Australia is expected to reach a free-trade deal with China today, cementing ties with its biggest economic partner and reducing its reliance on resource exports.
“The free-trade agreement [FTA] to be announced tomorrow [Monday] with China will be a game changer,” Josh Frydenberg, parliamentary secretary to the Australian prime minister, said in an interview in Brisbane yesterday.
“Opening up the Chinese economy in various sectors, including services and agriculture, to Australian exports, is going to be really beneficial,” he said.
Among the developed economies, Australia is the most China-dependent, with exports to the nation accounting for 5.3 percent of GDP, according to Commonwealth Bank of Australia.
Two-way trade, which reached A$151 billion (US$132 billion) last year, has been driven by China’s insatiable appetite for resources and energy, while Australia mainly buys cheap Chinese manufactured products.
“There is the distinct possibility of a knee-jerk lift in the Australian dollar upon the announcement,” said Richard Grace, chief currency and rates strategist and head of international economics at Commonwealth Bank, the nation’s biggest lender. “Both the Australian and Chinese economies are likely to benefit from these developments, but Australia’s smaller economy will benefit proportionally more.”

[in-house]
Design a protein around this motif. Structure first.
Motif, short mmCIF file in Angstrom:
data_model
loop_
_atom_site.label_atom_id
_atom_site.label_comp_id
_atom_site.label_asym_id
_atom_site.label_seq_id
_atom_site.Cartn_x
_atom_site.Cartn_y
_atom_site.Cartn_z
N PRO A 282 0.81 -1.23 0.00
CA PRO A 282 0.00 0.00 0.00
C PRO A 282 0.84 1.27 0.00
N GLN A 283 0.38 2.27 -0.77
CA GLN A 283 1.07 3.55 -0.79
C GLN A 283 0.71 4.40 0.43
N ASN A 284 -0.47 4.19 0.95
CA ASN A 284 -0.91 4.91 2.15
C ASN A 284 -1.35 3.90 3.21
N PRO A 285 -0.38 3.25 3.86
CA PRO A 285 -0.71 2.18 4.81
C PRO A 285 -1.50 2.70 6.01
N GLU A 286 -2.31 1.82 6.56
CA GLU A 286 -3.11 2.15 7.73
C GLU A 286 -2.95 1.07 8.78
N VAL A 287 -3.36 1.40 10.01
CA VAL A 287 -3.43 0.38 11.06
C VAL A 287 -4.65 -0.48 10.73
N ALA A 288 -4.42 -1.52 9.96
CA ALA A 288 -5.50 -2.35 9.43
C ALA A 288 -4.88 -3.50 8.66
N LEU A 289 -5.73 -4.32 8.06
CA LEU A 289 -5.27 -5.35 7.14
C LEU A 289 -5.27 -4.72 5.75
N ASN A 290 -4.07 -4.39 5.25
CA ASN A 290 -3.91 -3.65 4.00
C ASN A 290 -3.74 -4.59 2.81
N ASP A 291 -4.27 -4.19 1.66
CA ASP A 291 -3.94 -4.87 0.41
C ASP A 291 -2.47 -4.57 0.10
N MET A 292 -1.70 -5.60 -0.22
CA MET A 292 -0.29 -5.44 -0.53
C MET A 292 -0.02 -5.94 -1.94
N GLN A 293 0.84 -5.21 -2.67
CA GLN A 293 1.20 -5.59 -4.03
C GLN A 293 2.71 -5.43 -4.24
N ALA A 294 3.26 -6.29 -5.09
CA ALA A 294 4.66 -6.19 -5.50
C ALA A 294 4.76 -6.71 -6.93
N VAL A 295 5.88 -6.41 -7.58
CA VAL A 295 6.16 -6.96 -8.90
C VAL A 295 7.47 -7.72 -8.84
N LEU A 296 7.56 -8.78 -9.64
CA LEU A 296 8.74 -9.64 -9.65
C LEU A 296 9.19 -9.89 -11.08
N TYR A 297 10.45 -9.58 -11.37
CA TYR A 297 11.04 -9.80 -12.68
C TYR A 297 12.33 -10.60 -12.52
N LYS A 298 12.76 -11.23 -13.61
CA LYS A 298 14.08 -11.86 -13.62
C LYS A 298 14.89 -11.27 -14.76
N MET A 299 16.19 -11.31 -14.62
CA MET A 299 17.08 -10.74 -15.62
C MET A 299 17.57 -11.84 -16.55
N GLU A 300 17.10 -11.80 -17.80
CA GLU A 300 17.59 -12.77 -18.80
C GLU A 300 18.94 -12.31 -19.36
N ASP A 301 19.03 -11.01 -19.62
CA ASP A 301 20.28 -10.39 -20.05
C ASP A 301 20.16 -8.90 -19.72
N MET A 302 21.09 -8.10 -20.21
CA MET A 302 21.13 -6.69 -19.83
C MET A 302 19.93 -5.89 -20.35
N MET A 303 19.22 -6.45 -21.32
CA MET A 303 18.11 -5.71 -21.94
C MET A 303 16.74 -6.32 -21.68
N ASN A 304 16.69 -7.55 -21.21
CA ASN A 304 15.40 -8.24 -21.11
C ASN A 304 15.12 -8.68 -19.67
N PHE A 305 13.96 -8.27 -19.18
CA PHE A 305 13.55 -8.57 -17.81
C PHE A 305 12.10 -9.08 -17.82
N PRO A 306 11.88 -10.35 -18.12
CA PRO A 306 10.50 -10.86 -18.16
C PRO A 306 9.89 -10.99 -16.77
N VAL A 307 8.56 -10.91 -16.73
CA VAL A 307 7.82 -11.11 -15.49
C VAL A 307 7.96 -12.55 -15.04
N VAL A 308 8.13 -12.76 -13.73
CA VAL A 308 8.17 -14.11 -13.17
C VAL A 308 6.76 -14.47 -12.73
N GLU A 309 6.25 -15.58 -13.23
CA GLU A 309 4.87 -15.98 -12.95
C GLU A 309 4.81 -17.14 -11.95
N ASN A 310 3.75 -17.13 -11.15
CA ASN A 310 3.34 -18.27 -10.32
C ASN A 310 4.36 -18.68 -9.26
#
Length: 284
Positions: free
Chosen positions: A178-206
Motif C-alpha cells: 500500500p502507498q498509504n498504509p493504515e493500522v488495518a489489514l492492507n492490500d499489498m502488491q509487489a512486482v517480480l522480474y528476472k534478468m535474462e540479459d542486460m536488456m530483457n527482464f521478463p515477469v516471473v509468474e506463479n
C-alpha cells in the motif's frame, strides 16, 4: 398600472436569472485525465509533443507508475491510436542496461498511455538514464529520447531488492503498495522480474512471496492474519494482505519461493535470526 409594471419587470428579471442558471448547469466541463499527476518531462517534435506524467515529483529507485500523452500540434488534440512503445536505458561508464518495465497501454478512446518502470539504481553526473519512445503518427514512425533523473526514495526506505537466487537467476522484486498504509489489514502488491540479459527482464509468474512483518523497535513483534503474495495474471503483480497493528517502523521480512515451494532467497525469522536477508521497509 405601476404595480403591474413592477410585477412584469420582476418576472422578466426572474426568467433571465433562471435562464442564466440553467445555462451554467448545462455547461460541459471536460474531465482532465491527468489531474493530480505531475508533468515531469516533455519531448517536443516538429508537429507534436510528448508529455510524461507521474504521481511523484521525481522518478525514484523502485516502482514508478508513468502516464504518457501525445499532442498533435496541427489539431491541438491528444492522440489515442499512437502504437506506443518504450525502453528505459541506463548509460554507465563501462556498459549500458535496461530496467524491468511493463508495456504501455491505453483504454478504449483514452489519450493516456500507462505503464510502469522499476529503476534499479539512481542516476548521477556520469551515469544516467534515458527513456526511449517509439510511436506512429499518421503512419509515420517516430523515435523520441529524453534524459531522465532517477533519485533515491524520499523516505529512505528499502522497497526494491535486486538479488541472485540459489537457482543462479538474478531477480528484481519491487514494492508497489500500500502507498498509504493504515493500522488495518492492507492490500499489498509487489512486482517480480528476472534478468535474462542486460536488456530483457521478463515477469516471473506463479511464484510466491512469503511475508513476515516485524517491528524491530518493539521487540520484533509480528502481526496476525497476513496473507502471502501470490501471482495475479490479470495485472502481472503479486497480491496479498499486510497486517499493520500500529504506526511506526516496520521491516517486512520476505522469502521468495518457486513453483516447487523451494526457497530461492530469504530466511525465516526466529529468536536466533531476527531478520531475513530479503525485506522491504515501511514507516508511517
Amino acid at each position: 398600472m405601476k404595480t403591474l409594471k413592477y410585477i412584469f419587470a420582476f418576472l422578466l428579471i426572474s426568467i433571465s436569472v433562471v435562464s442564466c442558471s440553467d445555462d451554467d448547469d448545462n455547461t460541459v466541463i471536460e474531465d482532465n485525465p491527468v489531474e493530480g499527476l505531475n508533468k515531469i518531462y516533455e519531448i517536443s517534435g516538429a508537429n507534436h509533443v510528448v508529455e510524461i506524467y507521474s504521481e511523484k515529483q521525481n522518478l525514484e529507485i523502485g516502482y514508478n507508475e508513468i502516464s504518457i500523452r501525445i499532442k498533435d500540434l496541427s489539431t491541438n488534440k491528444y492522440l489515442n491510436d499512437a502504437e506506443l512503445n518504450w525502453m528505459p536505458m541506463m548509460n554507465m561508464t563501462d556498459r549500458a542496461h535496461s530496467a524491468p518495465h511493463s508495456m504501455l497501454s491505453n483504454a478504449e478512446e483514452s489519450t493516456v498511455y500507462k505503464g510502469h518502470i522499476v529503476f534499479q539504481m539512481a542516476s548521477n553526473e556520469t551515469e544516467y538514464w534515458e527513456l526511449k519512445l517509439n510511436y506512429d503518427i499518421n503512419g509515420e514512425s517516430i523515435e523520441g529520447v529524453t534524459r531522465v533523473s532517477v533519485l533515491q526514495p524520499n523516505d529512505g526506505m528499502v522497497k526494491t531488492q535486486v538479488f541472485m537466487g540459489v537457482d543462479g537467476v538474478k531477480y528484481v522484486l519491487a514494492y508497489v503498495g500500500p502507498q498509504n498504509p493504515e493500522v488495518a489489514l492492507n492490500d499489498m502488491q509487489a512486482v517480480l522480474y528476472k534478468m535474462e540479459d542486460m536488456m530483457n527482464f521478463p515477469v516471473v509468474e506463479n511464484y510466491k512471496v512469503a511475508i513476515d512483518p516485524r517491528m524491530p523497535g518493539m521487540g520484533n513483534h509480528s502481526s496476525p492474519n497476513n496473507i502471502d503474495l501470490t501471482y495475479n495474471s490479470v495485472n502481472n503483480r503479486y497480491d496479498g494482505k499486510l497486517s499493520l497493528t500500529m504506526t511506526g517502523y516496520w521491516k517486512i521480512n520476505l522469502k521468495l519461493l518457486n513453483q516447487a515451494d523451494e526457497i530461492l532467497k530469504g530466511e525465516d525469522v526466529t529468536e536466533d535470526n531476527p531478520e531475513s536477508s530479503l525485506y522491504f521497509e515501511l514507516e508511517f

Chinese President Xi Jinping (習近平) is to deliver an address to the Australian parliament in Canberra today.
“We all are anticipating that during President Xi’s state visit, he and Australian Prime Minister Tony Abbott will oversee the signing of an agreement that is of great significance to the two countries’ economic relations,” Chinese Vice Finance Minister Zhu Guangyao (朱光耀) said in Brisbane.
Negotiations on the trade deal began in 2005 and languished under the previous Labor government. Abbott, who was elected last year, imposed a target to sign it by the end of this year.
The FTA would be the third that Australia has reached this year following agreements with Japan and South Korea.
China supplied 20 percent of Australia’s A$256 billion of imports last year and bought more than 35 percent of its exports last year, IMF data show.
Under the deal with Australia, China has agreed to reverse higher duties it recently imposed on Australian coal exports, the Australian newspaper reported on Saturday, adding that Australian agricultural exports will see tariffs cut to zero between now and 2021.
Meanwhile, billionaire Gina Rinehart is planning a A$500 million investment to supply infant formula to China.
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